• Google the characters and institutions in the text: you’ll find real websites
• Examine the art and other printed artifacts included inside the cover: if you pay attention, you’ll find more information than the characters themselves discover Personal Effects, the ultimate in voyeuristic storytelling, represents a revolutionary step forward in changing the way people interact with novels.
Happy Reading

Joshua
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Old 06-23-2009, 06:29 PM   #184
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Quote:
Originally Posted by indecisiviously View Post
The english translation of Baudolino, by Umberto Eco. Much funnier than I had expected.
Yes, I remember reading that whilst on holiday in York a few years ago. Enjoyed it once I'd got into it.

Quote:
Originally Posted by MagicaPractica View Post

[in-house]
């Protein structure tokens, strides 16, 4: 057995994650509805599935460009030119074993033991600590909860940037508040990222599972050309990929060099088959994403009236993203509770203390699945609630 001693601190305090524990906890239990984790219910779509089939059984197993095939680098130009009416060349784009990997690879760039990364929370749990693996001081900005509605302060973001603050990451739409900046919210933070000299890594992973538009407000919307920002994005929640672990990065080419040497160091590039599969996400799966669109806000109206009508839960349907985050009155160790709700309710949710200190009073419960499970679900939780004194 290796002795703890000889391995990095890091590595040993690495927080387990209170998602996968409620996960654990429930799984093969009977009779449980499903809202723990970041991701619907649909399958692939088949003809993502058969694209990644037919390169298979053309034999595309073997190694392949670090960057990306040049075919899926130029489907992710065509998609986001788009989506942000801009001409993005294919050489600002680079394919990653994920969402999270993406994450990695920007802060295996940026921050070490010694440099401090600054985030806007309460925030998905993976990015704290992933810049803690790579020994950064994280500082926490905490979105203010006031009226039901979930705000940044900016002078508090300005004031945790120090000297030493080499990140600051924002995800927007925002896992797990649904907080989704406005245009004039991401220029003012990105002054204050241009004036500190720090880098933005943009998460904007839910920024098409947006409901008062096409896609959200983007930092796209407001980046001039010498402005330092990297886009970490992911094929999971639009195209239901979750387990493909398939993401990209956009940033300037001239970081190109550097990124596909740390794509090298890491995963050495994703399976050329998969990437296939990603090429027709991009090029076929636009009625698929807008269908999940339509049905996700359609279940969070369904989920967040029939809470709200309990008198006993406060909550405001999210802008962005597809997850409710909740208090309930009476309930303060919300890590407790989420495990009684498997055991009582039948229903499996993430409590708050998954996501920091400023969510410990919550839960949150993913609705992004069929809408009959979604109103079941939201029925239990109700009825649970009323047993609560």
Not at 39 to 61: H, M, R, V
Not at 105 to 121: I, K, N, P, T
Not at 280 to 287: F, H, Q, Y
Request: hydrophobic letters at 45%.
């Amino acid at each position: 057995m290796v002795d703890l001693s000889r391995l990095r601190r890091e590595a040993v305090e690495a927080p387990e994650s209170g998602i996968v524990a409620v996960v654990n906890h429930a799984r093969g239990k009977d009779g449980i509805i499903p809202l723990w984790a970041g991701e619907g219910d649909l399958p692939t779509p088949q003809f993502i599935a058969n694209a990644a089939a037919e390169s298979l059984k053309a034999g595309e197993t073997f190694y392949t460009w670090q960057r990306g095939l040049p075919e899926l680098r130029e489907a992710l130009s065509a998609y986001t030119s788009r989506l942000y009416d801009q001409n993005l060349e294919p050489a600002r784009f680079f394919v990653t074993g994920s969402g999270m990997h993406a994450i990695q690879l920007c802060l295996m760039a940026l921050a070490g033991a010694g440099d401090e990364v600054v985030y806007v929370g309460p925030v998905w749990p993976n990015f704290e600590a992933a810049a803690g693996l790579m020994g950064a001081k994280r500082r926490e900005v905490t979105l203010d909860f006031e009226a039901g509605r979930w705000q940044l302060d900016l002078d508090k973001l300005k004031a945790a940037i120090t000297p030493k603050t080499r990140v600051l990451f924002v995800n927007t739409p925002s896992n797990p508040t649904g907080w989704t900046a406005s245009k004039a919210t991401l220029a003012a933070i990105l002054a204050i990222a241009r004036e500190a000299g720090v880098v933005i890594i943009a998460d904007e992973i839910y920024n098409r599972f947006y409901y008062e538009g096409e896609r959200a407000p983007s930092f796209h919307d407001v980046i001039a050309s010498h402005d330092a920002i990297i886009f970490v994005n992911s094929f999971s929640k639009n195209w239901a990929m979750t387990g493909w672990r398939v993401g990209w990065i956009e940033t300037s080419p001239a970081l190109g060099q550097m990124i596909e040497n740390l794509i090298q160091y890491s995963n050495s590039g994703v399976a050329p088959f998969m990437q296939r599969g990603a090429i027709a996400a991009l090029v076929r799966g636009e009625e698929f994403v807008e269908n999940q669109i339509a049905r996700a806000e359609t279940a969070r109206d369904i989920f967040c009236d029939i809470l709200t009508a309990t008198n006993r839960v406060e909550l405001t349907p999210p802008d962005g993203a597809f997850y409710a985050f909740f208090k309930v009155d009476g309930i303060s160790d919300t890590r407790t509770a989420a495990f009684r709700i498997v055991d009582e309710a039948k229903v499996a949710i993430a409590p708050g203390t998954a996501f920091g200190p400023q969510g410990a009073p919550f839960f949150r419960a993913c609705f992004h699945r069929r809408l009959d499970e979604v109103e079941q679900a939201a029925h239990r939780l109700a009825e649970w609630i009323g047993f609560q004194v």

Pure brain candy, Plum Spooky by Janet Evanovich.
I've read most of Evanovich's Stephany Plum novels, but I don't think I've read that one.

At the moment I'm reading Nightshade by Paul Doherty, a medieval murder mystery.
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Old 06-23-2009, 06:33 PM   #185
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I fetched a load of books today: DAVID COPPERFIELD, THE OCTOPUS by Frank Norris, URANIUM, and ARE POLAR BEARS LONELY?
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Old 07-02-2009, 05:52 PM   #186
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Just finished Bonk by Mary Roach.

In the middle of The Captain's Verses by Pablo Neruda.

Then when my mind gets sick of poetry I switch over to Y - The Last Man. First graphic novel I've read in twenty years. It's pretty damn good. They've come a long way.